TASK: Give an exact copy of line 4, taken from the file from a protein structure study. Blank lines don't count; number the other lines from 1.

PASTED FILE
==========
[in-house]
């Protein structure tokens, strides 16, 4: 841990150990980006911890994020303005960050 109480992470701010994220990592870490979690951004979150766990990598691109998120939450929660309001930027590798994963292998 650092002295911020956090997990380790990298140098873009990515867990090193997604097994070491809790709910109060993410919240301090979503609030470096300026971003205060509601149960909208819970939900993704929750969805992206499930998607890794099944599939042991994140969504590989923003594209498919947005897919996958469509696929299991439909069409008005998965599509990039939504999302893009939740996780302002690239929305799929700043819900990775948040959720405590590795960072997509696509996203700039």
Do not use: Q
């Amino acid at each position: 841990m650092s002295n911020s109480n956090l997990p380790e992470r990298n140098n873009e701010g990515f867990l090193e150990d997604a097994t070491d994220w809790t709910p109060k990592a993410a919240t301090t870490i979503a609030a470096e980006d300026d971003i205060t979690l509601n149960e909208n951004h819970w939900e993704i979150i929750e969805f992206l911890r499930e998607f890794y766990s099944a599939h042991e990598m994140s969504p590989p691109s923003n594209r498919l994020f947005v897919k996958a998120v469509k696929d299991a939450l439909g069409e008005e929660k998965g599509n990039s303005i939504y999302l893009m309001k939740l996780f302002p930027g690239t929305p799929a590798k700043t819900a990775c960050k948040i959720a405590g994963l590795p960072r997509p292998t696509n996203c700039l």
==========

């Amino acid at each position: 841990m650092s002295n911020s109480n956090l997990p380790e992470r990298n140098n873009e701010g990515f867990l090193e150990d997604a097994t070491d994220w809790t709910p109060k990592a993410a919240t301090t870490i979503a609030a470096e980006d300026d971003i205060t979690l509601n149960e909208n951004h819970w939900e993704i979150i929750e969805f992206l911890r499930e998607f890794y766990s099944a599939h042991e990598m994140s969504p590989p691109s923003n594209r498919l994020f947005v897919k996958a998120v469509k696929d299991a939450l439909g069409e008005e929660k998965g599509n990039s303005i939504y999302l893009m309001k939740l996780f302002p930027g690239t929305p799929a590798k700043t819900a990775c960050k948040i959720a405590g994963l590795p960072r997509p292998t696509n996203c700039l």